China has become the main engine of the world economy, accounting for one-third of global GDP growth in the first half of this year. Will it keep humming?
Compared with many other emerging economies, notably Brazil and Russia, which have recently suffered big capital outflows, China has so far largely shrugged off the global credit crunch. But there are signs that China’s economy is sputtering.
More generally, China’s banks should be better insulated from the global credit crunch than Western banks because the country’s system is funded through deposits rather than capital markets. Chinese banks’ loans amount to only 65% of their deposits, compared with far higher ratios in America and Western Europe.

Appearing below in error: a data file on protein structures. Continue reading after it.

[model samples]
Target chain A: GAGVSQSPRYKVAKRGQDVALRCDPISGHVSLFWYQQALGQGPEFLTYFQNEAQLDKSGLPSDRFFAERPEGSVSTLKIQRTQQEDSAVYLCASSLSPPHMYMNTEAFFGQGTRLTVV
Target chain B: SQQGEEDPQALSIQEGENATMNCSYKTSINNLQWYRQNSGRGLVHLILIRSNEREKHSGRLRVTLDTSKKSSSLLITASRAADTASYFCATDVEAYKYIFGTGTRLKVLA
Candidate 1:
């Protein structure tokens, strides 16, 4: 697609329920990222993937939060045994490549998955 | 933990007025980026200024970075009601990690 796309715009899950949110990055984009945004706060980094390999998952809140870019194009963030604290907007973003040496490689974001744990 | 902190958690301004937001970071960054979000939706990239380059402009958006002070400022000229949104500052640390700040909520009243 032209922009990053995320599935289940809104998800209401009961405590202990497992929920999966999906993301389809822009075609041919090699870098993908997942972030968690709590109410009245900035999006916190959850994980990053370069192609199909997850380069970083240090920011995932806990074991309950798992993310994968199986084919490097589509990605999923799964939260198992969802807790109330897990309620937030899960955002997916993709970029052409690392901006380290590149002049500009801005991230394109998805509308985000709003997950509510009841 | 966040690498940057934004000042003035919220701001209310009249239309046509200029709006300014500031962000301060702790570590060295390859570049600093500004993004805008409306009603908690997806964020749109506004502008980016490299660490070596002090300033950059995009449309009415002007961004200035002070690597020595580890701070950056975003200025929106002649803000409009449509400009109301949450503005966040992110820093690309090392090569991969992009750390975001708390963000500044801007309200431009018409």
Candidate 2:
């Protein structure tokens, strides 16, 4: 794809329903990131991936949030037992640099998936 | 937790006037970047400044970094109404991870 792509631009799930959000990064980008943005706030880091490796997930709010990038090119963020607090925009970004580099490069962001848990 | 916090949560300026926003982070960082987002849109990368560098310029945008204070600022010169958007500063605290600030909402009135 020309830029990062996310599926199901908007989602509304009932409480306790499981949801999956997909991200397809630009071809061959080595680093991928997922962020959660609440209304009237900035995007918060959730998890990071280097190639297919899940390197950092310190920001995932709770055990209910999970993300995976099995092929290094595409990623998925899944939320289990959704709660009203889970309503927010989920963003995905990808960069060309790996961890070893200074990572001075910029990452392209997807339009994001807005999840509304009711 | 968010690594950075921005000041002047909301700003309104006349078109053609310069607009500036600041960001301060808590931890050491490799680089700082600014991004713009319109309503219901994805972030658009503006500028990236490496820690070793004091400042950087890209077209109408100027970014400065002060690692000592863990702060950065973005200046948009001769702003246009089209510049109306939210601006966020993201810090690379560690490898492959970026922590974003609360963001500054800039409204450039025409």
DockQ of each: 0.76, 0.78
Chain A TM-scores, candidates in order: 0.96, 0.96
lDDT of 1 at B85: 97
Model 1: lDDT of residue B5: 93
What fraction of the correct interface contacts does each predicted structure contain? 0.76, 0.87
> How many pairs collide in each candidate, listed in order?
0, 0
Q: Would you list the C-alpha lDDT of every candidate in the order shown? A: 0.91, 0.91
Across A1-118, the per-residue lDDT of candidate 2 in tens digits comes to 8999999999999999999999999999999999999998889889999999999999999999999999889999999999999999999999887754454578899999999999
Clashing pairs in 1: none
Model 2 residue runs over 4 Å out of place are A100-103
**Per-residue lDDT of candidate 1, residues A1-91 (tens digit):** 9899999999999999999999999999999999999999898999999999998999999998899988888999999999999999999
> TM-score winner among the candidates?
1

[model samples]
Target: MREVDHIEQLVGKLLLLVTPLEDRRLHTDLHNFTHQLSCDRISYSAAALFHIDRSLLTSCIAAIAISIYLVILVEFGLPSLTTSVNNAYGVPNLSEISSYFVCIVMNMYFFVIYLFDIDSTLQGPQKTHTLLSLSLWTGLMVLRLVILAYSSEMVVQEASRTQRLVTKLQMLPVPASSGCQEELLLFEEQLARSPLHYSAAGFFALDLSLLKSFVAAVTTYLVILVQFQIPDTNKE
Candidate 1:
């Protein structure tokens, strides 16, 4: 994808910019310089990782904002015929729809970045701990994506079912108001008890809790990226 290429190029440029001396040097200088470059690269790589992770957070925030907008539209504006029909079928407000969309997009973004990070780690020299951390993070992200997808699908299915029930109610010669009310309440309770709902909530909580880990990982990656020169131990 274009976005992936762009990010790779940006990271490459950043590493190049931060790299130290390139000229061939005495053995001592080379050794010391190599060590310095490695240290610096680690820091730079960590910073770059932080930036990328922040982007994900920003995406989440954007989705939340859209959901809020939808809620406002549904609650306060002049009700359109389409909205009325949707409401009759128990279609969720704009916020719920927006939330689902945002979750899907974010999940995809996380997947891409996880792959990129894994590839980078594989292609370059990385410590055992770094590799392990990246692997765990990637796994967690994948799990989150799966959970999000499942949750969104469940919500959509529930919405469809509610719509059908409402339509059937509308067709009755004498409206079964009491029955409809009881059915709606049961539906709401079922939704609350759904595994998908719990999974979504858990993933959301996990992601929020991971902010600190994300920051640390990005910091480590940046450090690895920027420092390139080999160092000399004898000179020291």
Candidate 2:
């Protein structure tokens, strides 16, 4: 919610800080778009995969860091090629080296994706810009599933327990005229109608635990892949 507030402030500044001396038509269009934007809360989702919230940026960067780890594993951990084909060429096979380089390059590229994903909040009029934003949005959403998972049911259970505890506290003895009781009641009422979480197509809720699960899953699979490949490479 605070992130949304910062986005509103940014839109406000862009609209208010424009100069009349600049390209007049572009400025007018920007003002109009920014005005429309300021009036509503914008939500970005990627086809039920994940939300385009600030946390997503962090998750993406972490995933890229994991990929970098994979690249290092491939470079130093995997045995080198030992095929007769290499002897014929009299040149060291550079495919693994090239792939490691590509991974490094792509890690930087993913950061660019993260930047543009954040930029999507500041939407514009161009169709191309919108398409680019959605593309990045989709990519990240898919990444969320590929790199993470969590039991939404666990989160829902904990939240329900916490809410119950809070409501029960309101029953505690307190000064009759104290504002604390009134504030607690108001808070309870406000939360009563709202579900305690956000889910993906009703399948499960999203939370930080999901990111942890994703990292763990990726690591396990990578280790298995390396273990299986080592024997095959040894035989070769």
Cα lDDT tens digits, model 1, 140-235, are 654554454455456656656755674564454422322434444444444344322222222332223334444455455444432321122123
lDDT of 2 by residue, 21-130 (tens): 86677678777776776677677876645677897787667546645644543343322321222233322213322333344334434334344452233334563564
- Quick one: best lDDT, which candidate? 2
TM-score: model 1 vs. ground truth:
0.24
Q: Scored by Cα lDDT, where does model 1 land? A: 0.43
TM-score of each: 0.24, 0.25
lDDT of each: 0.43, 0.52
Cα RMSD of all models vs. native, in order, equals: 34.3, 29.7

A fall in house prices will in any case hurt Chinese consumers much less than their American counterparts because Chinese households are not up to their necks in debt. Total household debt amounts to only 13 percent of GDP, against 100 percent in America.
Chinese consumer spending actually strengthened this summer, with retail sales rising by 17% in real terms in the year to August. The main impact of the property downturn will be to depress construction.